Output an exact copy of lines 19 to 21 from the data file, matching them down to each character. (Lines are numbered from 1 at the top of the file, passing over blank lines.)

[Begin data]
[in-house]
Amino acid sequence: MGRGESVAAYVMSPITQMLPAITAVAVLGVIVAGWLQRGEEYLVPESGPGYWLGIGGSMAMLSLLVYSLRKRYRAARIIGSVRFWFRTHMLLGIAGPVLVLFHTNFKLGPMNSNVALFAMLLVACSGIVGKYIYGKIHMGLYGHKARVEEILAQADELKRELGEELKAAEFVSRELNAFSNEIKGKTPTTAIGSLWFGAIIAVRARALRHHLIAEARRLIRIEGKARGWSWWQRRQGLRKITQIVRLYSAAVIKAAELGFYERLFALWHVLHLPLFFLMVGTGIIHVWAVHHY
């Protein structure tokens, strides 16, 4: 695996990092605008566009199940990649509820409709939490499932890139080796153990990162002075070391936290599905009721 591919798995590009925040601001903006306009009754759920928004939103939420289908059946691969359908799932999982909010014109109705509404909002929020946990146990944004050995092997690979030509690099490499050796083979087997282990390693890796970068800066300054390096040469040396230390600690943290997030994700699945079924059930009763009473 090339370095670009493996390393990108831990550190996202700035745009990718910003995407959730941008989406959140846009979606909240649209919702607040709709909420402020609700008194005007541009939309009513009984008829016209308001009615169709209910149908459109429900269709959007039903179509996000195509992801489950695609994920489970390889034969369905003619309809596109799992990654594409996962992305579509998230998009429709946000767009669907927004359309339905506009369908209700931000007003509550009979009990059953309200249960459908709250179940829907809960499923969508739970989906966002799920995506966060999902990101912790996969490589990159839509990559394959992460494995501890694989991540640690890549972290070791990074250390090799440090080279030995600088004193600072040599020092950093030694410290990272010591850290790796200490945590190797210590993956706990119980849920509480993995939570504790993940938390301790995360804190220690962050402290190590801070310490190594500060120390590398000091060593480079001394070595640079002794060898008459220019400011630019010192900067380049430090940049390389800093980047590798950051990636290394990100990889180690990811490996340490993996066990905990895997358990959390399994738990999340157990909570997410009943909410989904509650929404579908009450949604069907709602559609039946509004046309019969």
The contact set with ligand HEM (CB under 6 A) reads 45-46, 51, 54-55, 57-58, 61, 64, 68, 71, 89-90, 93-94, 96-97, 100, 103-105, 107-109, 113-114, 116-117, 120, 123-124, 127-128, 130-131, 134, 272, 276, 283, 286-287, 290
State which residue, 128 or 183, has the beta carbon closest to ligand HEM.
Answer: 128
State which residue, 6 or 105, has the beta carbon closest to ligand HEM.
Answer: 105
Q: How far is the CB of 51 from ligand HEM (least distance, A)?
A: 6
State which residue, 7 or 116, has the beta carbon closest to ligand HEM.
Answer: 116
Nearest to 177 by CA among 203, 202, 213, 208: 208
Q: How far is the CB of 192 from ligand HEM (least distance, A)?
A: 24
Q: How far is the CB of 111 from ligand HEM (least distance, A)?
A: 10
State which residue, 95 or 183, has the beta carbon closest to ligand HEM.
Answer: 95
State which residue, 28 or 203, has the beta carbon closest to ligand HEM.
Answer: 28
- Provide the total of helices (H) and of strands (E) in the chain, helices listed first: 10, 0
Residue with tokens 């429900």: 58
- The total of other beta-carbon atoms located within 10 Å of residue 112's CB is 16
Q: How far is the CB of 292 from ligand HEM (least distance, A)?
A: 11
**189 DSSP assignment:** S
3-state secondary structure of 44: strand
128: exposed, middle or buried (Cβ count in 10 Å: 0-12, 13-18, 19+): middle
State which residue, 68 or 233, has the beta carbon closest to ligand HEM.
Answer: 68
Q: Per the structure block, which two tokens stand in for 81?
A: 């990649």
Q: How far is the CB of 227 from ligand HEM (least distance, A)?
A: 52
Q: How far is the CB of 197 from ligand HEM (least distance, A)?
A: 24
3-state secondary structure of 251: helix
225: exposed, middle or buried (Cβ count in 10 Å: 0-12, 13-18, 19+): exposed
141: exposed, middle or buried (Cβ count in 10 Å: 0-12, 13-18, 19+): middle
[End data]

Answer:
Answer: 95
State which residue, 28 or 203, has the beta carbon closest to ligand HEM.
Answer: 28